personal pronouns

 
Topic
Pronouns - personal pronouns (I, me, you etc)

Pronouns are words we use in the place of a full noun.

We have both subject and object pronouns:

 

Subject Object
I me
you you
he him
she her
it it
we us
you you
they them

 

We use he/him to refer to men, and she/her to refer to women. When we are not sure if we are talking about a man or a woman we use they/them.

This is Jack. He’s my brother. I don’t think you have met him.
This is Angela. She’s my sister. Have you met her before?
Talk to a friend. Ask them to help you.
You could go to a doctor. They might help you.

Subject pronouns

We use subject pronouns as subject of the verb:

I like your dress.
You are late.
He is my friend
It is raining
She is on holiday
We live in England.
They come from London.

 

Warning

Remember: English clauses always have a subject:

His father has just retired. Was a teacher. > He was a teacher.
I’m waiting for my wife. Is late.  > She is late.

If there is no other subject we use it or there. We call this a dummy subject.

 

 Object pronouns

 We use object pronouns:

• as the object of the verb:

Can you help me please?
I can see you.
She doesn’t like him.
I saw her in town today.
We saw them in town yesterday, but they didn’t see us.

• after prepositions:

She is waiting for me.
I’ll get it for you.
Give it to him.
Why are you looking at her?
Don’t take it from us.
I’ll speak to them

Exercise

Comments

Hello Peter,

Have you talked to a lawyer, They can tell you your rights?
I was wondering why it is the pronoun "they" used in the sentence. I used He or she as I referred to " a lawyer" as a singular noun
can you explain please

Hello Crystal.82,

We can use 'they' ('their', 'them' etc) to mean one person when we do not know if it is a man or a woman, or if we do not want to tell anyone if it is a man or a woman. The verb after this always has a plural form, even though we are talking about one person.

Best wishes,

 

Peter

The LearnEnglish Team

Hello
Can you explain to me please which one is the subject in this clauses:
"Talk to a friend.Ask them to help you." It's about the imperative clauses?

Thank you very much

Hello corina pana,

The imperative form of the verb has no subject. It is used to give an order, command, request (amongst friends) or strong advice.

Although there is no subject, there is an implied subject, which is 'you', as we can see if you include a question tag:

Talk to a friend, will you?

I hope that clarifies it for you.

Best wishes,

 

Peter

The LearnEnglish Team

Hello,

In my native language we have pronouns to refer elder and respected person. By chance, does English provides this facility?

Thanks in advance
--sachin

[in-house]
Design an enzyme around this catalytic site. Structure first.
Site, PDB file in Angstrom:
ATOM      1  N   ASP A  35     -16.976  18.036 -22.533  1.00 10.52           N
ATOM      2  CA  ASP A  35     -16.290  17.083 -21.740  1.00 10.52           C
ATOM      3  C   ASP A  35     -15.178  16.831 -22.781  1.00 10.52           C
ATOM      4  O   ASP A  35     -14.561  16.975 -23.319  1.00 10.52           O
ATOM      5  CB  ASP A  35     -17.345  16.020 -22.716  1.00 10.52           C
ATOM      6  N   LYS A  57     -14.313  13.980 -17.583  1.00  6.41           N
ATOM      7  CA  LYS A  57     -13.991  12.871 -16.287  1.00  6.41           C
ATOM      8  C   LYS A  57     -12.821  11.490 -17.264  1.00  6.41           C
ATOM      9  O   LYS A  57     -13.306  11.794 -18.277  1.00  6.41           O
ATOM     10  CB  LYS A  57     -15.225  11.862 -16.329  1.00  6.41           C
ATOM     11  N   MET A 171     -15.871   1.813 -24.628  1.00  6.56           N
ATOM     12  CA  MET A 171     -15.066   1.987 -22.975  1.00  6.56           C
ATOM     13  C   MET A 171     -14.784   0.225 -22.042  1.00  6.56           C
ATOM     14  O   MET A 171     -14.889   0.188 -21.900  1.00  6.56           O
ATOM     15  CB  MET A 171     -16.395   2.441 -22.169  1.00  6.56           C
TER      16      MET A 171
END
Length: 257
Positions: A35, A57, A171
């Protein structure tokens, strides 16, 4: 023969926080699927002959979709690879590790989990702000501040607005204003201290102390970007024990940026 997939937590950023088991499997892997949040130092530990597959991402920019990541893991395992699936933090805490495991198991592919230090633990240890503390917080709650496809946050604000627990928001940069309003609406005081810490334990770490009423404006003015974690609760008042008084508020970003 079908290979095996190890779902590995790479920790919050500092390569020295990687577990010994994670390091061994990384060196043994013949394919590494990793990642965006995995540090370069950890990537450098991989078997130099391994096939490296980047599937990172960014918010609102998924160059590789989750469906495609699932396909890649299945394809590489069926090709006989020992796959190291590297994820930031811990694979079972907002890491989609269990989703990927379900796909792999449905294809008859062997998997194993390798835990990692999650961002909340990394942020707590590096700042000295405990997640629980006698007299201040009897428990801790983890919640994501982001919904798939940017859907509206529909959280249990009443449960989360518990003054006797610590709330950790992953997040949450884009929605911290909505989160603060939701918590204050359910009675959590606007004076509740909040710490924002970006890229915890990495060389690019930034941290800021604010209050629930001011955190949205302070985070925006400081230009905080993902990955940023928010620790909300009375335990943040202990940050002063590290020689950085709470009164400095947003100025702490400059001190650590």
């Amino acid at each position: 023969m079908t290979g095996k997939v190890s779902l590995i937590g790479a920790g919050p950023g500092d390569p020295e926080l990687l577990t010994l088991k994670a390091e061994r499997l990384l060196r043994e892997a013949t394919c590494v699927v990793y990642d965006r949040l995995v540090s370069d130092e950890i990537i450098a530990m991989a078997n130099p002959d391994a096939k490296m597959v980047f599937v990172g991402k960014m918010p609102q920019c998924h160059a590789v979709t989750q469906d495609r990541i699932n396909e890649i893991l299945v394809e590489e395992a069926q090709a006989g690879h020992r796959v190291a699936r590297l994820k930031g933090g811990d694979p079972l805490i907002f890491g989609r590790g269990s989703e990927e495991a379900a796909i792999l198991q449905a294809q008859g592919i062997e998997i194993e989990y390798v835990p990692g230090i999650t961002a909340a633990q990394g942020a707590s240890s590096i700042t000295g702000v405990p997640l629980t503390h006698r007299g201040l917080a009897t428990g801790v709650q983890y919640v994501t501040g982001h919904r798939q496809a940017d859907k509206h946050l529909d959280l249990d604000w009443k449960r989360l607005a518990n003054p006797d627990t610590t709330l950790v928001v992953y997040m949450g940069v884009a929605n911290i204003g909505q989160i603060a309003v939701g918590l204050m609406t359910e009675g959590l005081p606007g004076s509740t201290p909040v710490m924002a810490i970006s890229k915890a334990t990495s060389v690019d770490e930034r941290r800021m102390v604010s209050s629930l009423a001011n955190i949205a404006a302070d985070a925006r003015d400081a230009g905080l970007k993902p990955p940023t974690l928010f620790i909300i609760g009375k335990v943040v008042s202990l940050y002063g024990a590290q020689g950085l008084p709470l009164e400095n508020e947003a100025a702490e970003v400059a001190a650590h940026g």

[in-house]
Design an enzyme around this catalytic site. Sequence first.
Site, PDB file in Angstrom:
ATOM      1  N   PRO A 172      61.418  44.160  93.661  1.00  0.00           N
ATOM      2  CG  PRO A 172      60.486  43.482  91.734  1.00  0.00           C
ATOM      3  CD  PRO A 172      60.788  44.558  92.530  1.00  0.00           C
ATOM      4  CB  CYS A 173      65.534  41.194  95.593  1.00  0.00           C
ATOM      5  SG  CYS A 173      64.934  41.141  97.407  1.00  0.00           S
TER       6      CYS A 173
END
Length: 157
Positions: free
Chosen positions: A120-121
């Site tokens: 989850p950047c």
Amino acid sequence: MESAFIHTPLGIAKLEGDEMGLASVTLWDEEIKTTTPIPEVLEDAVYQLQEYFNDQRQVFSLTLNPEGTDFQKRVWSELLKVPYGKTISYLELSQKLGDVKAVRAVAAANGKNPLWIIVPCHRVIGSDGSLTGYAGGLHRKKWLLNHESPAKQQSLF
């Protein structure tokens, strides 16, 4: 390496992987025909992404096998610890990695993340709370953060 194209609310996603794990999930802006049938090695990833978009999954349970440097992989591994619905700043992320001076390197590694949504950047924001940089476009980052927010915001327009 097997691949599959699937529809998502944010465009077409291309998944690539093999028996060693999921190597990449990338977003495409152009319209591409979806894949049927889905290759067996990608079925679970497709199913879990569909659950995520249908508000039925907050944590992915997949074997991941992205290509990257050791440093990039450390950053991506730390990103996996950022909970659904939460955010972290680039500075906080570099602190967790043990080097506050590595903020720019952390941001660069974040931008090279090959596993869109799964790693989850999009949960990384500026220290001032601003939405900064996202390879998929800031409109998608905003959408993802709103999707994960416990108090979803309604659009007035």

Hello Sachin Hadke,

In English there is no particular pronoun for this in most contexts. Respect and politeness is conveyed through intonation, body language and facial expression. Sometimes in restaurants or similar settings the waiter will use 'Sir' or 'Madam' effectively as a pronoun (e.g. 'Would Sir like to see the menu now?'), but this is quite rare and only occurs in these limited contexts.

Best wishes,

 

Peter

The LearnEnglish Team

Hello Sir
I'm still lack in English. But I want to learn more, so I will be able to advance. And I have no idea what is the difference of British English and American English. Honestly, I prefer to learn British English than American English. Please help me.

By the way, I read the admin's comment. And it seems like its always closed by "Best Wishes".
what is it mean, and when do we use it?

Hello Sihabuddin,

There's a wide variety of content here and some great resources. I would suggest that you browse the site to see the options you have, and then just begin working on whatever section you find most useful or interesting.

If you want to practice your speaking in particular, the most important thing to do is speak. Perhaps you can find a conversation group or speak with a colleague or friend who is also learning English. You can also use the transcripts of our audio and video materials (see for example, Big City Small World, Word on the Street, and the How to videos) as models that you can imitate to learn new expressions and improve your pronunciation. Talking to yourself may feel strange at first, but it can really help you develop fluency and build your confidence.

You can find 'best wishes' in our dictionary (see the search box on the right), though please note it is also used with people we don't know well.

Good luck!

Best wishes,
Kirk
The LearnEnglish Team

Sir,

I have copy and pasted the below sentences from examples of They/Them

Talk to a friend. Ask them to help you.
You could go to a doctor. They might help you.

Here you mentioned "Talk to a friend" which means its singular form, next sentence is "Ask them to help you" --its plural form (them means --more friends)

same like
You could go to a doctor. They might help you. (a doctor -singular form) (They - plural word)

Please clarify.

Thanks,
Ravanan

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